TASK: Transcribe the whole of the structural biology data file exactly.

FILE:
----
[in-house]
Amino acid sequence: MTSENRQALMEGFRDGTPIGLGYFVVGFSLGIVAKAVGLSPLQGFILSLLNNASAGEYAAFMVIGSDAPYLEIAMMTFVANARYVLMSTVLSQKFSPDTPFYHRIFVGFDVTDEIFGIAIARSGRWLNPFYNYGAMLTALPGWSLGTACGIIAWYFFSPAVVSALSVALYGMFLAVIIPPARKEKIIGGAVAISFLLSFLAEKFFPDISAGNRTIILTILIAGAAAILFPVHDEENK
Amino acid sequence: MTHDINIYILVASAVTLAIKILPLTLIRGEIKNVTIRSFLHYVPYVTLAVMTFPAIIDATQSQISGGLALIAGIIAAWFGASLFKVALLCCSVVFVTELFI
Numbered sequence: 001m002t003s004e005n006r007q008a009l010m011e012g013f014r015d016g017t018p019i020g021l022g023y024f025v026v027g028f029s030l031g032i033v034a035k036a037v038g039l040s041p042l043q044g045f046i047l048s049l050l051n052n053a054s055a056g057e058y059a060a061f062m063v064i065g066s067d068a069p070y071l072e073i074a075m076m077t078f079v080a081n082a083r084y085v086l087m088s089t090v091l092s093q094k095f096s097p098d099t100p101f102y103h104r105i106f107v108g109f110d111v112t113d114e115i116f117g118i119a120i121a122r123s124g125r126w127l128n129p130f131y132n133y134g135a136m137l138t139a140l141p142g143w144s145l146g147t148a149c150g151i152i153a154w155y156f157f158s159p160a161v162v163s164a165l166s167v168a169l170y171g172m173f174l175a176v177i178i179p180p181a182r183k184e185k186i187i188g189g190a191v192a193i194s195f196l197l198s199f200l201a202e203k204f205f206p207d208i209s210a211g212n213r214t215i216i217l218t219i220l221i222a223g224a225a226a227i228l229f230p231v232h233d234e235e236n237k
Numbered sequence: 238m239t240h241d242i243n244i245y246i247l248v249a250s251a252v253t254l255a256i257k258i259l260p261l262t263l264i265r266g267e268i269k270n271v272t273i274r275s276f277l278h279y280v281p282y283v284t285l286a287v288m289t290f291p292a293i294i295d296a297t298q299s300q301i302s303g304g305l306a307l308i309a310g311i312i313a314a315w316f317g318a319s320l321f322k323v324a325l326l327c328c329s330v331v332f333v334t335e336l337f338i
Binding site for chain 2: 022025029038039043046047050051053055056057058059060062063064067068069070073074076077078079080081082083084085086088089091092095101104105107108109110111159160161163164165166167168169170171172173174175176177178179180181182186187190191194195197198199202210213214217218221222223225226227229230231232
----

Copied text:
[in-house]
Amino acid sequence: MTSENRQALMEGFRDGTPIGLGYFVVGFSLGIVAKAVGLSPLQGFILSLLNNASAGEYAAFMVIGSDAPYLEIAMMTFVANARYVLMSTVLSQKFSPDTPFYHRIFVGFDVTDEIFGIAIARSGRWLNPFYNYGAMLTALPGWSLGTACGIIAWYFFSPAVVSALSVALYGMFLAVIIPPARKEKIIGGAVAISFLLSFLAEKFFPDISAGNRTIILTILIAGAAAILFPVHDEENK
Amino acid sequence: MTHDINIYILVASAVTLAIKILPLTLIRGEIKNVTIRSFLHYVPYVTLAVMTFPAIIDATQSQISGGLALIAGIIAAWFGASLFKVALLCCSVVFVTELFI
Numbered sequence: 001m002t003s004e005n006r007q008a009l010m011e012g013f014r015d016g017t018p019i020g021l022g023y024f025v026v027g028f029s030l031g032i033v034a035k036a037v038g039l040s041p042l043q044g045f046i047l048s049l050l051n052n053a054s055a056g057e058y059a060a061f062m063v064i065g066s067d068a069p070y071l072e073i074a075m076m077t078f079v080a081n082a083r084y085v086l087m088s089t090v091l092s093q094k095f096s097p098d099t100p101f102y103h104r105i106f107v108g109f110d111v112t113d114e115i116f117g118i119a120i121a122r123s124g125r126w127l128n129p130f131y132n133y134g135a136m137l138t139a140l141p142g143w144s145l146g147t148a149c150g151i152i153a154w155y156f157f158s159p160a161v162v163s164a165l166s167v168a169l170y171g172m173f174l175a176v177i178i179p180p181a182r183k184e185k186i187i188g189g190a191v192a193i194s195f196l197l198s199f200l201a202e203k204f205f206p207d208i209s210a211g212n213r214t215i216i217l218t219i220l221i222a223g224a225a226a227i228l229f230p231v232h233d234e235e236n237k
Numbered sequence: 238m239t240h241d242i243n244i245y246i247l248v249a250s251a252v253t254l255a256i257k258i259l260p261l262t263l264i265r266g267e268i269k270n271v272t273i274r275s276f277l278h279y280v281p282y283v284t285l286a287v288m289t290f291p292a293i294i295d296a297t298q299s300q301i302s303g304g305l306a307l308i309a310g311i312i313a314a315w316f317g318a319s320l321f322k323v324a325l326l327c328c329s330v331v332f333v334t335e336l337f338i
Binding site for chain 2: 022025029038039043046047050051053055056057058059060062063064067068069070073074076077078079080081082083084085086088089091092095101104105107108109110111159160161163164165166167168169170171172173174175176177178179180181182186187190191194195197198199202210213214217218221222223225226227229230231232